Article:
The Crux of Meetings

Just like T., the pro­tag­o­nist in last week’s frag­ment of my nov­el “On the Handrail into the Deci­sion-Mak­ing Cir­cle”, many peo­ple are con­front­ed with the same sit­u­a­tion sev­er­al times a day: they spend a sig­nif­i­cant part of their work­ing day in meet­ings, the use­ful­ness of which — to put it mild­ly — is ques­tion­able. And although these meet­ings cause con­sid­er­able costs, only a few take the trou­ble to crit­i­cal­ly ques­tion the cul­ture of meet­ings (and there­by the cult of pres­ence). But there are also some inspir­ing exam­ples of how these omnipresent meet­ing orgies can be contained.

Meet­ings are by def­i­n­i­tion a con­ces­sion to defi­cient orga­ni­za­tion. For one either meets or one works.

Peter F. Druck­er. The Effec­tive Excec­u­tive, S. 44

With this sen­tence from his book “The Effec­tive Excec­u­tive”, first pub­lished in 1966, Peter F. Druck­er actu­al­ly said every­thing that has to be said about meet­ings. Orga­ni­za­tions don’t get paid for meet­ings (although I’m not 100% sure about that for some man­age­ment con­sul­tan­cies). They uti­lize meet­ings to orga­nize their actu­al work, which is what cus­tomers pay for. Few­er meet­ings are there­fore gen­er­al­ly bet­ter. And of course these few need to be well orga­nized and pre­pared, but this is only the sec­ond step, because Peter F. Druck­er (1963 in Man­ag­ing for Busi­ness Effec­tive­ness) also stat­ed unequiv­o­cal­ly: “There is sure­ly noth­ing quite so use­less as doing with great effi­cien­cy what should not be done at all.”

For some­one on the mak­er’s sched­ule, hav­ing a meet­ing is like throw­ing an excep­tion. It does­n’t mere­ly cause you to switch from one task to anoth­er; it changes the mode in which you work.

Paul Gra­ham, Maker’s Sched­ule, Manager’s Schedule

The pro­gram­mer, author and entre­pre­neur Paul Gra­ham explains in his 2009 arti­cle the impor­tant dif­fer­ence between the man­ag­er sched­ule and the mak­er sched­ule. The lat­ter need long blocks of time in which they can immerse them­selves undis­turbed into their work in order to be effec­tive. For man­agers, on the oth­er hand, the day essen­tial­ly con­sists of meet­ings. What for the man­ag­er is a nor­mal part of his work, name­ly tak­ing part in a meet­ing, is accord­ing to Paul Gra­ham some­thing like “throw­ing an excep­tion” for the mak­er, pro­gram­mer or knowl­edge work­er in general.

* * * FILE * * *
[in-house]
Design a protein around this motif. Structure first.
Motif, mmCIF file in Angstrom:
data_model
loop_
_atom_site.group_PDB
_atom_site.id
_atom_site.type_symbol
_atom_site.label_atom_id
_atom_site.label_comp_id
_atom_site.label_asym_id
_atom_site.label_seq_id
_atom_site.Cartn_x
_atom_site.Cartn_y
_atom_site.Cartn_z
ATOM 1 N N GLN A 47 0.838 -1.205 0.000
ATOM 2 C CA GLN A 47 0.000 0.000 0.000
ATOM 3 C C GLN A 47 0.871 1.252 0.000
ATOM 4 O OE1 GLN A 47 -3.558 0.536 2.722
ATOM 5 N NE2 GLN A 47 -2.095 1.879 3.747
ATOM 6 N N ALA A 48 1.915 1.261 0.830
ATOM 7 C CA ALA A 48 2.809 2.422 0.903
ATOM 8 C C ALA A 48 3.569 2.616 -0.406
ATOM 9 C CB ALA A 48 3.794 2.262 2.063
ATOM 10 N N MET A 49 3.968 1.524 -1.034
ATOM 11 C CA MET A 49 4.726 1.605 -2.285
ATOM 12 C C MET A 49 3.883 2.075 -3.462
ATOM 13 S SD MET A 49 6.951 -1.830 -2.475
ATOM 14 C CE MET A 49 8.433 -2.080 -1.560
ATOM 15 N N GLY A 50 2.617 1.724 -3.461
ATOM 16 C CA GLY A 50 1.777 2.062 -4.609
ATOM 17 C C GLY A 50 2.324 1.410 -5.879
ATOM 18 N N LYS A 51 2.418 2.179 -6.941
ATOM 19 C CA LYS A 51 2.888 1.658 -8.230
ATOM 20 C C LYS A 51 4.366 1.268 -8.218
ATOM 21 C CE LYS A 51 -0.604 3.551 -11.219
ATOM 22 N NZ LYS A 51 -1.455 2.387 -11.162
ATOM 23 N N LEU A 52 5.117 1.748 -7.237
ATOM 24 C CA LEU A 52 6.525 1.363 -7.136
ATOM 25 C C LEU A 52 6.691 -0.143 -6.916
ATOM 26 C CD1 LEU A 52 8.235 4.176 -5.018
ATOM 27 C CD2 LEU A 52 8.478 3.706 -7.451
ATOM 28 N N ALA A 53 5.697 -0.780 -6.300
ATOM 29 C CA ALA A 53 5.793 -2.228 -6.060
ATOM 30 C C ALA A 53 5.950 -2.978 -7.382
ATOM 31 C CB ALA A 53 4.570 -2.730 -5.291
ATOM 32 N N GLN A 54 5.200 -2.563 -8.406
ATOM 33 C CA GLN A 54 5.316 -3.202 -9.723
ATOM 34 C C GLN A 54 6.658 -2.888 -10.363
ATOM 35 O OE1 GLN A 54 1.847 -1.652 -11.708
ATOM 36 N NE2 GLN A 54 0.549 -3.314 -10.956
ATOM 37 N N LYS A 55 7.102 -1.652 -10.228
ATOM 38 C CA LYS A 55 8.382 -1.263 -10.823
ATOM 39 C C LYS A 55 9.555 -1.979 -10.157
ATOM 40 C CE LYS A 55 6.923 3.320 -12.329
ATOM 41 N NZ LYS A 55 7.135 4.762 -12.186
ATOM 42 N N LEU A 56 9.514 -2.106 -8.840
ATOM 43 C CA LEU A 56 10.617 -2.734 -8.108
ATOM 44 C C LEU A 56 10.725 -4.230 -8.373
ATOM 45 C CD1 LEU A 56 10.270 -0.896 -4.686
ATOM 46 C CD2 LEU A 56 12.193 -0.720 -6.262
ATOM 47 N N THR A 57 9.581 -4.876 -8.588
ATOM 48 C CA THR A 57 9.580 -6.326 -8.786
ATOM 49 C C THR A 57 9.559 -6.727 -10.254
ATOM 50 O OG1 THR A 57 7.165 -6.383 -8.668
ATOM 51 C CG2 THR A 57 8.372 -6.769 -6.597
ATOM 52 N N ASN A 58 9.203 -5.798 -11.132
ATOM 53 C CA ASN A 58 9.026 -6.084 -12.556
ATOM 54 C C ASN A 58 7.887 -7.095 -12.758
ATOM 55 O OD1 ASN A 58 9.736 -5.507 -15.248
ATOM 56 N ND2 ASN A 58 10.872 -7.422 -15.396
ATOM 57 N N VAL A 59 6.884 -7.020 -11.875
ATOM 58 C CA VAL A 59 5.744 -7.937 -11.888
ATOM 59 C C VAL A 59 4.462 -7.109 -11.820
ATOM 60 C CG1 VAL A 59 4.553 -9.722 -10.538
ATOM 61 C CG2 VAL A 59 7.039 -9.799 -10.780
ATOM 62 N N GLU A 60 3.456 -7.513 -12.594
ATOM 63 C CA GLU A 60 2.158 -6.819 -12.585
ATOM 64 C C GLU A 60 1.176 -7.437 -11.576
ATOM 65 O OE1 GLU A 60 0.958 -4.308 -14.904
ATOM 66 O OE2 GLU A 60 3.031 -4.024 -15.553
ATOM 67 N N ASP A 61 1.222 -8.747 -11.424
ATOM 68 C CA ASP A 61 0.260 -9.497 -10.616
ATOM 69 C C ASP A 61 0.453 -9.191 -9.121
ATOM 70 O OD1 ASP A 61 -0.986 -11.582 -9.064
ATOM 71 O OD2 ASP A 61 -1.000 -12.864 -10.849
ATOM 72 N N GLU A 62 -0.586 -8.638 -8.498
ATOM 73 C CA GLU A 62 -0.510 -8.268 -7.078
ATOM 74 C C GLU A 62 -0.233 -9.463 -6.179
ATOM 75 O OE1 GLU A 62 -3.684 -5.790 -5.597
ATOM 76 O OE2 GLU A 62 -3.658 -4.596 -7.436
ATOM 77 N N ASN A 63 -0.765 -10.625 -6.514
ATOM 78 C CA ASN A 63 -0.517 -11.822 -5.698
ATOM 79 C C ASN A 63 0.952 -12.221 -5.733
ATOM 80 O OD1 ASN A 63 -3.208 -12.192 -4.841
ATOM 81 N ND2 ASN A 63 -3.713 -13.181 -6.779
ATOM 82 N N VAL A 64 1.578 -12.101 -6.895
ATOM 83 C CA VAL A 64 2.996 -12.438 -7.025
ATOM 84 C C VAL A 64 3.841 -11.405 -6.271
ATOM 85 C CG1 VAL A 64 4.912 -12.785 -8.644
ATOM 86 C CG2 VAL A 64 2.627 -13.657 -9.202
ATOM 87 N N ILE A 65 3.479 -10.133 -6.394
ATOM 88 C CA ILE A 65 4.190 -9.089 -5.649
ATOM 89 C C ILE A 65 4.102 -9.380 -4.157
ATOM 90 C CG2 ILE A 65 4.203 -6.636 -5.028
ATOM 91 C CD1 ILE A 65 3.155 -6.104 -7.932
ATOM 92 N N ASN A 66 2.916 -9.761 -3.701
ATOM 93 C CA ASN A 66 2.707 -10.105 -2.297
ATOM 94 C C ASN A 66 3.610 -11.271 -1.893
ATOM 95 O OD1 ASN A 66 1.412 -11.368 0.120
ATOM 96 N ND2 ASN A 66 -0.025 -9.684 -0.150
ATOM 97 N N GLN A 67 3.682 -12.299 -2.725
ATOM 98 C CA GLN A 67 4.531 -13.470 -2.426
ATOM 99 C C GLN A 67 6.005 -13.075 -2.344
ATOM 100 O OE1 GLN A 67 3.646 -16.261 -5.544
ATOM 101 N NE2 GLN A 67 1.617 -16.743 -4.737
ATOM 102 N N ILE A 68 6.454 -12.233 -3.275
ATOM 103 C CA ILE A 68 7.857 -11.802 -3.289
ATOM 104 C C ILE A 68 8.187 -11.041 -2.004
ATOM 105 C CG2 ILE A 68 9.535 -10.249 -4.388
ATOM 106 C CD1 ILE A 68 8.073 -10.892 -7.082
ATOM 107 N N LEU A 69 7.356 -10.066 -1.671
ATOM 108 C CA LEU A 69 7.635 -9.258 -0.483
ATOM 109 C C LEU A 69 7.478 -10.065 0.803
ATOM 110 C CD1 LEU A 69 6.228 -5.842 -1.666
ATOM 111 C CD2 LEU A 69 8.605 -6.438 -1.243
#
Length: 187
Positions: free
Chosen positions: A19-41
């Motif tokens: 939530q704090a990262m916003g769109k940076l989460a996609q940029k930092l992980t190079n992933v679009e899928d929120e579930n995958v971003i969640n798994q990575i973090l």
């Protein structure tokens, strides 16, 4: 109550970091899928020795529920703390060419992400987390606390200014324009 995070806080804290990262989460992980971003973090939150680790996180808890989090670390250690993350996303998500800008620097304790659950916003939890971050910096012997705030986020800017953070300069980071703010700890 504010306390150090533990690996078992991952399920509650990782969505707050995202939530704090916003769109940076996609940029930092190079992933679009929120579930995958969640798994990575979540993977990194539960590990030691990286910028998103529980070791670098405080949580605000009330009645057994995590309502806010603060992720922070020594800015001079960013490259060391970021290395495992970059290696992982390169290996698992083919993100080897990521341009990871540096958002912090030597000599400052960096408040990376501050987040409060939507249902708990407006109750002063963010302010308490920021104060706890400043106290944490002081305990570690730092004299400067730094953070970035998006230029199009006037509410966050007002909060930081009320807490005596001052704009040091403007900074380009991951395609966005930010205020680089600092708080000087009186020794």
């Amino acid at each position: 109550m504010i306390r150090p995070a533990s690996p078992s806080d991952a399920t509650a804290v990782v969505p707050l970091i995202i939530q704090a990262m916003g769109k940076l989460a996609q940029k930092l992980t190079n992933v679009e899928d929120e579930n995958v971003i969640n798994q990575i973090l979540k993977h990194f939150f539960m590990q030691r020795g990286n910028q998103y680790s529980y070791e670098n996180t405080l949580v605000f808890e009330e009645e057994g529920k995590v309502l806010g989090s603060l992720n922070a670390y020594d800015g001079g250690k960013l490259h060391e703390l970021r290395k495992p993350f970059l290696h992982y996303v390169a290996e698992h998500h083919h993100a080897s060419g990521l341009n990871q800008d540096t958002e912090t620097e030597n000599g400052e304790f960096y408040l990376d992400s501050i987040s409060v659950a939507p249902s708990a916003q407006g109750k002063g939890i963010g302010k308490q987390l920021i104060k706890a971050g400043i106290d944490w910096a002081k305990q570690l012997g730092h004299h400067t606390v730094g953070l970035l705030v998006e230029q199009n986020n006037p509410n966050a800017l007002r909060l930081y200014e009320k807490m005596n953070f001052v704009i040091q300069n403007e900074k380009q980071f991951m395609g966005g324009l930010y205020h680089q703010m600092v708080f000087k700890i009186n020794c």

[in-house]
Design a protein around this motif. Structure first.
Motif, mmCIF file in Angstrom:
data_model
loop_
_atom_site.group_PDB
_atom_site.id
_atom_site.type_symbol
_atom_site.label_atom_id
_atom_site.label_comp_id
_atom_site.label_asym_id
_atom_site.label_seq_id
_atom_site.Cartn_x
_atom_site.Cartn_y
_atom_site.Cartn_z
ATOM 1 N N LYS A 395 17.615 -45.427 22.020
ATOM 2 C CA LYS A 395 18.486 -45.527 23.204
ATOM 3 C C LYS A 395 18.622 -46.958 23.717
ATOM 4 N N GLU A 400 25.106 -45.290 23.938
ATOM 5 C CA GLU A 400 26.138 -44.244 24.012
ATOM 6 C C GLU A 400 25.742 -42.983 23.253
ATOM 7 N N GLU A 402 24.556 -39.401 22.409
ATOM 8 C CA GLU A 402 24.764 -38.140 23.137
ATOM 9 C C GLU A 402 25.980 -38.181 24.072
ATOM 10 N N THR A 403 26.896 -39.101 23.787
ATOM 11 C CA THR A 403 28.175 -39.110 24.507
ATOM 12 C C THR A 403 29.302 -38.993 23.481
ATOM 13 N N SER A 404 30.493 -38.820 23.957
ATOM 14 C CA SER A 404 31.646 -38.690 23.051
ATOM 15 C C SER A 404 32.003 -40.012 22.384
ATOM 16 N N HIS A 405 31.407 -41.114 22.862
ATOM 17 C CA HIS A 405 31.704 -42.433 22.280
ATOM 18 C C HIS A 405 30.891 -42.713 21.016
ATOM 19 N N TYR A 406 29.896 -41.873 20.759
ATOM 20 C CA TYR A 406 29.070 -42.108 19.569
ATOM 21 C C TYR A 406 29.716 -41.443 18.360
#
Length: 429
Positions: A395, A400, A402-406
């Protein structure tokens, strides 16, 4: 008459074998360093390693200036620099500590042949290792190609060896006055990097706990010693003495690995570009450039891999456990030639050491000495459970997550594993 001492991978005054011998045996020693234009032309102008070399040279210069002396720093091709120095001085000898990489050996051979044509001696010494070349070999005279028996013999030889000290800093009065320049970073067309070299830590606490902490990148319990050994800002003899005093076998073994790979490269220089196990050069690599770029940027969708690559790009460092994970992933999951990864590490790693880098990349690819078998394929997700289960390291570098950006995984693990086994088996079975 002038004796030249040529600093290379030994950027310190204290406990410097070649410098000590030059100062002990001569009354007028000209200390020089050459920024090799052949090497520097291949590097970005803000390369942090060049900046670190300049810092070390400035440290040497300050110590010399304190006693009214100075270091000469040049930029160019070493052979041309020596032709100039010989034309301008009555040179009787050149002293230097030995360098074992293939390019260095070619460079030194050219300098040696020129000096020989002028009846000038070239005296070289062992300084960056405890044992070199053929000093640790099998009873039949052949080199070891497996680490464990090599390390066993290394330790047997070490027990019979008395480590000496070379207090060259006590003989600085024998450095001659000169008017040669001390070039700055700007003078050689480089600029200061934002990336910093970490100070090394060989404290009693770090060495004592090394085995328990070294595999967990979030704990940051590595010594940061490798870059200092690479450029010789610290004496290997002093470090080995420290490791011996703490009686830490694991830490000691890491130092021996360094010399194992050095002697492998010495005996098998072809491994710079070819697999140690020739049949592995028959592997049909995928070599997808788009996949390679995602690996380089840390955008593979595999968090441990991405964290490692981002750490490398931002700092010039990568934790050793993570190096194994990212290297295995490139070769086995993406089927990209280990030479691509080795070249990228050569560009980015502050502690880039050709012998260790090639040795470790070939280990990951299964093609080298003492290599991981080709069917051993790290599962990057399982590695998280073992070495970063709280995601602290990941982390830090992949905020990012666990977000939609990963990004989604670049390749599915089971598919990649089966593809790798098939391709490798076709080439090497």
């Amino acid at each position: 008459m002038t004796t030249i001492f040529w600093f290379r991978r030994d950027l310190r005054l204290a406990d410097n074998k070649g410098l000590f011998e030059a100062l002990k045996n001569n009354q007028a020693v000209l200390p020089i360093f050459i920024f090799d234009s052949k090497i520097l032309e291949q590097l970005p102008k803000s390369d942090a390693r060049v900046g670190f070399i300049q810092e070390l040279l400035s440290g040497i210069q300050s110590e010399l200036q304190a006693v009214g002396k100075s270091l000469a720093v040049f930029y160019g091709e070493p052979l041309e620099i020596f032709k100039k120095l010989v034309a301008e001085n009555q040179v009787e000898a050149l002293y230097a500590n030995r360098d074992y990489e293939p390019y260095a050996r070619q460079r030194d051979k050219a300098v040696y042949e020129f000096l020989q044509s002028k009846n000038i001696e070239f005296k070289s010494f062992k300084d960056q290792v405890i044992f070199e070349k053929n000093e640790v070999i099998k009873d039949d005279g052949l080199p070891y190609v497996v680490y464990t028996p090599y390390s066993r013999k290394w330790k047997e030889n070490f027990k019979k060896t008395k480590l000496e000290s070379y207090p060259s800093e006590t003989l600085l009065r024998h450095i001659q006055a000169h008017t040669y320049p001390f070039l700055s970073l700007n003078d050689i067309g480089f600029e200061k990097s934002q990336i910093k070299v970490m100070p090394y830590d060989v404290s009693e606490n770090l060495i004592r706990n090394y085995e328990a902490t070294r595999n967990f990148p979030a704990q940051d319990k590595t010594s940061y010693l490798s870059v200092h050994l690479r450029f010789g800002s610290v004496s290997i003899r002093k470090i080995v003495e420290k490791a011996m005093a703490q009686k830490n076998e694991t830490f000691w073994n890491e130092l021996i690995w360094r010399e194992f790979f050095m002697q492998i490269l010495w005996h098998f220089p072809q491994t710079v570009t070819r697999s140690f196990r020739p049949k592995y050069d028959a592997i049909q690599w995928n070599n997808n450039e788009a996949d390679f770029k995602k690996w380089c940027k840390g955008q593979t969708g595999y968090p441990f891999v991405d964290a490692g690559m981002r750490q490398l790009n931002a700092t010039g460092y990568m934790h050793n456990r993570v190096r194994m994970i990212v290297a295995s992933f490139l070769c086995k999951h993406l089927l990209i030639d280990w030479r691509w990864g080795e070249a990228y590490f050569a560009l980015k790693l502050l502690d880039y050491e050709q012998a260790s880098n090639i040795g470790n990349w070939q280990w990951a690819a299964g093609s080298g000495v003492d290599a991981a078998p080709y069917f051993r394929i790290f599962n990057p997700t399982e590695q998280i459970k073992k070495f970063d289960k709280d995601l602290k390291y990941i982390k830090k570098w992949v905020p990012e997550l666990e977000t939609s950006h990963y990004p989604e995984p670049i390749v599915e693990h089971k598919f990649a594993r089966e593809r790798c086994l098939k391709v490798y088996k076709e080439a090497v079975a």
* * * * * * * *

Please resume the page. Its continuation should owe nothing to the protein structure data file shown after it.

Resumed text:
Each type of sched­ule works fine by itself. Prob­lems arise when they meet. Since most pow­er­ful peo­ple oper­ate on the man­ager’s sched­ule, they’re in a posi­tion to make every­one res­onate at their fre­quen­cy if they want to. But the smarter ones restrain them­selves, if they know that some of the peo­ple work­ing for them need long chunks of time to work in.

Paul Gra­ham, Maker’s Sched­ule, Manager’s Schedule

In many orga­ni­za­tions this is exact­ly what can be observed. The man­ag­er sched­ule dom­i­nates every­thing, because by the pow­er of their posi­tion and with­out knowl­edge of the “species-appro­pri­ate” sched­ule of their employ­ees (or with knowl­edge but with­out con­sid­er­a­tion) they impose their man­ag­er sched­ule on the orga­ni­za­tion. And when the only career path in the orga­ni­za­tion is the man­ager’s career, ambi­tious employ­ees take this sched­ule and this way of work­ing as their role mod­el, which then leads to a real flood of meet­ings. In the end, all cal­en­dars are so clut­tered that any attempt to coor­di­nate a meet­ing between more than two peo­ple inevitably reminds one of Tetris. 

Oth­er people’s time isn’t for you — it’s for them. You can’t take it, chip away at it, or block it off. Everyone’s in con­trol of their time. They can give it to you, but you can’t take it from them.

Jason Fried, Sig­nal vs. Noise

Jason Fried and David Heine­meier Hans­son are just like Paul Gra­ham pas­sion­ate pro­gram­mers and for 20 years with Base­camp uncon­ven­tion­al and suc­cess­ful entre­pre­neurs. In their blog and books, they rad­i­cal­ly scru­ti­nize com­mon prac­tices in orga­ni­za­tions. For them, meet­ings repeat­ed­ly are the tar­get of their crit­i­cism. That’s why they get to the root of the prob­lem and don’t use shared cal­en­dars at Base­camp. What is com­plete­ly nor­mal in most com­pa­nies, is inten­tion­al­ly not the case at Base­camp: to quick­ly claim a part of your col­leagues time in their calendar.